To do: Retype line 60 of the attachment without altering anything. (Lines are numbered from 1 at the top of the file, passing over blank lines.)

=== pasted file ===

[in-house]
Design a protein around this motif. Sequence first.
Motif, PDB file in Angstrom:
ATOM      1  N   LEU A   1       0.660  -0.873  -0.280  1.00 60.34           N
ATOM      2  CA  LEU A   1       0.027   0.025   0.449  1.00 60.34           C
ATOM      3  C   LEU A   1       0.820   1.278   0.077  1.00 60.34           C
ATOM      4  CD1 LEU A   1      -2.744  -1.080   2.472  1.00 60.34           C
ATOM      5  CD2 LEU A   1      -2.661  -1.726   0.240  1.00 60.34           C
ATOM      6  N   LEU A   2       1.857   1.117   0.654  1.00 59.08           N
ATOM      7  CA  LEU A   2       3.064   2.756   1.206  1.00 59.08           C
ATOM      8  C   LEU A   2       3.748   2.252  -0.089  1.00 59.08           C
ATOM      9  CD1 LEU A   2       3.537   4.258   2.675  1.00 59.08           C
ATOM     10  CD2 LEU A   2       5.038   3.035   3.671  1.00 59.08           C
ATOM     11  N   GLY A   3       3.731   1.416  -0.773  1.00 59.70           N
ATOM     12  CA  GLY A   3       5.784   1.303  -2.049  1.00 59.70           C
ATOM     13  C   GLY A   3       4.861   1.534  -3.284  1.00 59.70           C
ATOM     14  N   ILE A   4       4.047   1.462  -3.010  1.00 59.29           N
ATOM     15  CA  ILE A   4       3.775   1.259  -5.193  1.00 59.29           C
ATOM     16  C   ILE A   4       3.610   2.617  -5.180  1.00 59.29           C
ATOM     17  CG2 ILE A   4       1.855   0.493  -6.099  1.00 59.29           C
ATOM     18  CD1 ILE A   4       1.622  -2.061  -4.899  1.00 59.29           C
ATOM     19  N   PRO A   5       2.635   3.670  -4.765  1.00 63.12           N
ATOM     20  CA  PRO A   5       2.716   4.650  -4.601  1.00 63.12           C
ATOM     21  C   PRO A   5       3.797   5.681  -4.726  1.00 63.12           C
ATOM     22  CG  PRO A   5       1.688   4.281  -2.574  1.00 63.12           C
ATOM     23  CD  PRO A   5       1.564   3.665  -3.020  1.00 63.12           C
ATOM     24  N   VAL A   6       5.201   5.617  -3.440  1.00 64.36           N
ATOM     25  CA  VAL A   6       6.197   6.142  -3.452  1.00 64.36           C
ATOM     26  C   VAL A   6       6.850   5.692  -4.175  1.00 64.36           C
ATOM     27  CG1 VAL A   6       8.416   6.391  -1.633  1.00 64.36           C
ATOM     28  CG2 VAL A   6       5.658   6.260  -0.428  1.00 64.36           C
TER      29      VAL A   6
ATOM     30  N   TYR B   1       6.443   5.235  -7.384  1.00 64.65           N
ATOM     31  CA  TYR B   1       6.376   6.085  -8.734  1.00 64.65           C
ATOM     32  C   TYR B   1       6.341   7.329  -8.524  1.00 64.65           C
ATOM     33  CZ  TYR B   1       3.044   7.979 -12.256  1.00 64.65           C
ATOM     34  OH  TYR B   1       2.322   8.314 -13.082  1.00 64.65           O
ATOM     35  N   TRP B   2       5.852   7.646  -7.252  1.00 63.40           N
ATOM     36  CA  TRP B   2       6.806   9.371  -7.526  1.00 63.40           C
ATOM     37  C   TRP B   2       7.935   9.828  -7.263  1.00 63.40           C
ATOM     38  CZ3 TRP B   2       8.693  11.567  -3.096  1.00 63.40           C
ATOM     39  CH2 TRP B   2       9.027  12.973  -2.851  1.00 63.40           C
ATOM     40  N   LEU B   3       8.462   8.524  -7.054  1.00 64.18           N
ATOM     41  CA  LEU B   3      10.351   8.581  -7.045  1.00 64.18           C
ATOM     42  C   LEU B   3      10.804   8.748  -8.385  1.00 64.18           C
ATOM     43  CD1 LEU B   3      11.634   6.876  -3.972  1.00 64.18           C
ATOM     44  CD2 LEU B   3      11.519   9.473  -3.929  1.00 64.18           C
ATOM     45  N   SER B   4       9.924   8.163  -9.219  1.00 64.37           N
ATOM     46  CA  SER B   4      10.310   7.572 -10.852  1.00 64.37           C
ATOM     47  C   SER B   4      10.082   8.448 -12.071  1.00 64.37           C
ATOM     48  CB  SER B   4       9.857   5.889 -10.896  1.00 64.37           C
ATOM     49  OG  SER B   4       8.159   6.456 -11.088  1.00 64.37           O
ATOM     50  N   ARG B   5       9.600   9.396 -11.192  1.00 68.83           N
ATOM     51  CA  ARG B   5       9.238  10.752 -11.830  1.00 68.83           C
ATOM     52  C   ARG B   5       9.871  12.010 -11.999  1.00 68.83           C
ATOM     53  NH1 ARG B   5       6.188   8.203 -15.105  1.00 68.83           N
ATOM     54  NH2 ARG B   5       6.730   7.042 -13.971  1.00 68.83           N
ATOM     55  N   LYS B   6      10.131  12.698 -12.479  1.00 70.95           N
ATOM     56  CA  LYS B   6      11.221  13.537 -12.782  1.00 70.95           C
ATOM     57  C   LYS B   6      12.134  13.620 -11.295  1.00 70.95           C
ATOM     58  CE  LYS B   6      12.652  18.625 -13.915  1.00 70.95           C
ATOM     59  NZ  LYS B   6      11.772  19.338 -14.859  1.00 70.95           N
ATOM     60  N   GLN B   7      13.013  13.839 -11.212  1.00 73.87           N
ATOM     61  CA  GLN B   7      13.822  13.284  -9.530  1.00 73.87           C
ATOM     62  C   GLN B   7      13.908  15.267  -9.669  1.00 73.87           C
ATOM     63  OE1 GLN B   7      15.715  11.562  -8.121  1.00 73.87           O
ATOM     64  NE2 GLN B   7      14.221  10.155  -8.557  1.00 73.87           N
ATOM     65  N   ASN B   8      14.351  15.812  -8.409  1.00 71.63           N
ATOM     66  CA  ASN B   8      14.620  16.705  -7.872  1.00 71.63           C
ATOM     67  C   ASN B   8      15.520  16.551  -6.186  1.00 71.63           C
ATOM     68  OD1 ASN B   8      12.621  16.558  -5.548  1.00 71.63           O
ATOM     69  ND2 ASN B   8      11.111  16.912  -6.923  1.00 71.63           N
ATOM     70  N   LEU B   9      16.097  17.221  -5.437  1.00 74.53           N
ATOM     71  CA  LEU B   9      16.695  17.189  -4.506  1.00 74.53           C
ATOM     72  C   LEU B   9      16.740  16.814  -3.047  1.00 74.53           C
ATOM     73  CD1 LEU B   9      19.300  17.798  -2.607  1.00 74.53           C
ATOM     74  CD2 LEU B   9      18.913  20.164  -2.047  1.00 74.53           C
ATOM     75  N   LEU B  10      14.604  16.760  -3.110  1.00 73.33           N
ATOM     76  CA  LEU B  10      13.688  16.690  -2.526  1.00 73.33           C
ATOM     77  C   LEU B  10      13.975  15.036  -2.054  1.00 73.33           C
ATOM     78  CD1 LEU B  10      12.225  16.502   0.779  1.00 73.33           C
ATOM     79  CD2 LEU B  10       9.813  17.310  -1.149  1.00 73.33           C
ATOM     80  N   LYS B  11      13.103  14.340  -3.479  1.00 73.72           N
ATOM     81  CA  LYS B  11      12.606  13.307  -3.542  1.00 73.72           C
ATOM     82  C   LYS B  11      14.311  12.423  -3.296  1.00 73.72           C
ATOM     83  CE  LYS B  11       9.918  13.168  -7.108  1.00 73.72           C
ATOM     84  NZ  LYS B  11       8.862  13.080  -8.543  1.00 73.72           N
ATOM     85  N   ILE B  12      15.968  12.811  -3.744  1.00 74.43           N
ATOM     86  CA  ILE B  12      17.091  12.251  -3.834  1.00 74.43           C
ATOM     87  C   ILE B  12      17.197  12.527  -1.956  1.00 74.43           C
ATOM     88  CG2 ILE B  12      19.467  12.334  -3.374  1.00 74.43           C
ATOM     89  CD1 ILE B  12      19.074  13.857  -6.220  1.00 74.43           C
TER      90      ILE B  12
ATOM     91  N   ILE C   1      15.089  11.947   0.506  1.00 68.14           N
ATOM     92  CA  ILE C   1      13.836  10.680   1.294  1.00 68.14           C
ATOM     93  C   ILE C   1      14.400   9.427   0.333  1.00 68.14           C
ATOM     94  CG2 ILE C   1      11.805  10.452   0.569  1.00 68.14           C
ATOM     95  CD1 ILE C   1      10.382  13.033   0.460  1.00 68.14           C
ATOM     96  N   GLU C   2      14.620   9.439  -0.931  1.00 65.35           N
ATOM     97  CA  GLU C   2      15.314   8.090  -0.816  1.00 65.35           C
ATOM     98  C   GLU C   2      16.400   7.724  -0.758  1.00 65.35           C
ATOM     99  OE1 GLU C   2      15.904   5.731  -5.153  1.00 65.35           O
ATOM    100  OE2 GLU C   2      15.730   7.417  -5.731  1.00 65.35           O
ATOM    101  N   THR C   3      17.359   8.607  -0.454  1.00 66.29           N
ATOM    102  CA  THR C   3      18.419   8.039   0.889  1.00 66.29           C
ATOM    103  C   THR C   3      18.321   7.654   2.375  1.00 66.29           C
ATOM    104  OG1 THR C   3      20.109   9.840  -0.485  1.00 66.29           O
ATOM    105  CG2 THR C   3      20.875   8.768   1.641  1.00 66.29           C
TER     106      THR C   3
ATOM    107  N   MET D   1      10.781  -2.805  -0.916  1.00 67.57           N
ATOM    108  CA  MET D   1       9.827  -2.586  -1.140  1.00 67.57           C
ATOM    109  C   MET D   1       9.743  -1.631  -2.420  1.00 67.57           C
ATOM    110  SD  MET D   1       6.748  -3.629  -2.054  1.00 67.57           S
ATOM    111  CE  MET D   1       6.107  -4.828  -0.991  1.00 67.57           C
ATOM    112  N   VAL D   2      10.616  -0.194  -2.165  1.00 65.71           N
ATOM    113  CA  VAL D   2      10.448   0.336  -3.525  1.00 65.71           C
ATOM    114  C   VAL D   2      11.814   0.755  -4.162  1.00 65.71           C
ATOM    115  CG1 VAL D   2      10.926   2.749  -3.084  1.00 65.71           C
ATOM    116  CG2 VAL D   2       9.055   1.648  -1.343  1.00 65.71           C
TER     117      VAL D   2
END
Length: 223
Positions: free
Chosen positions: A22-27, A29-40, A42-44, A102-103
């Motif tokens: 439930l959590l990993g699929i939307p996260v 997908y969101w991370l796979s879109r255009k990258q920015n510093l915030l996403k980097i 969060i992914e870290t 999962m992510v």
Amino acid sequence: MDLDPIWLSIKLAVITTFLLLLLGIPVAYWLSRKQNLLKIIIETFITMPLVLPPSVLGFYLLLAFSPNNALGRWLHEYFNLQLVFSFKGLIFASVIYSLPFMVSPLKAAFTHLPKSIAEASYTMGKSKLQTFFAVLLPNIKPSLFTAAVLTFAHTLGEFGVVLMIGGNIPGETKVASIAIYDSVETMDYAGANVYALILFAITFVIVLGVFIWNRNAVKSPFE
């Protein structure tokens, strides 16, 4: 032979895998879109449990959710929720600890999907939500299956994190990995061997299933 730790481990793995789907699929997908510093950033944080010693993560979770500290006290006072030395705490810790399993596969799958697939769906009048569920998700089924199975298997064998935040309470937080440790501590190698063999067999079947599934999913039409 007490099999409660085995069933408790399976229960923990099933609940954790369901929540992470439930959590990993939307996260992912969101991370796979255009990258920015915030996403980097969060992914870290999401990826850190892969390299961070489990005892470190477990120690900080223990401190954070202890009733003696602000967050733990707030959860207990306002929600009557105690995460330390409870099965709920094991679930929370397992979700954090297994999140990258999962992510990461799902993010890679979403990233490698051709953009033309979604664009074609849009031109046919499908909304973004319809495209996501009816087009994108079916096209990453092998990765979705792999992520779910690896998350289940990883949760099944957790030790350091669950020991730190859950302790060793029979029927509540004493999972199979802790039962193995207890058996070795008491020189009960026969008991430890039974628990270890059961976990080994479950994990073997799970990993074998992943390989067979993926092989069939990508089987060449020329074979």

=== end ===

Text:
ATOM     57  C   LYS B   6      12.134  13.620 -11.295  1.00 70.95           C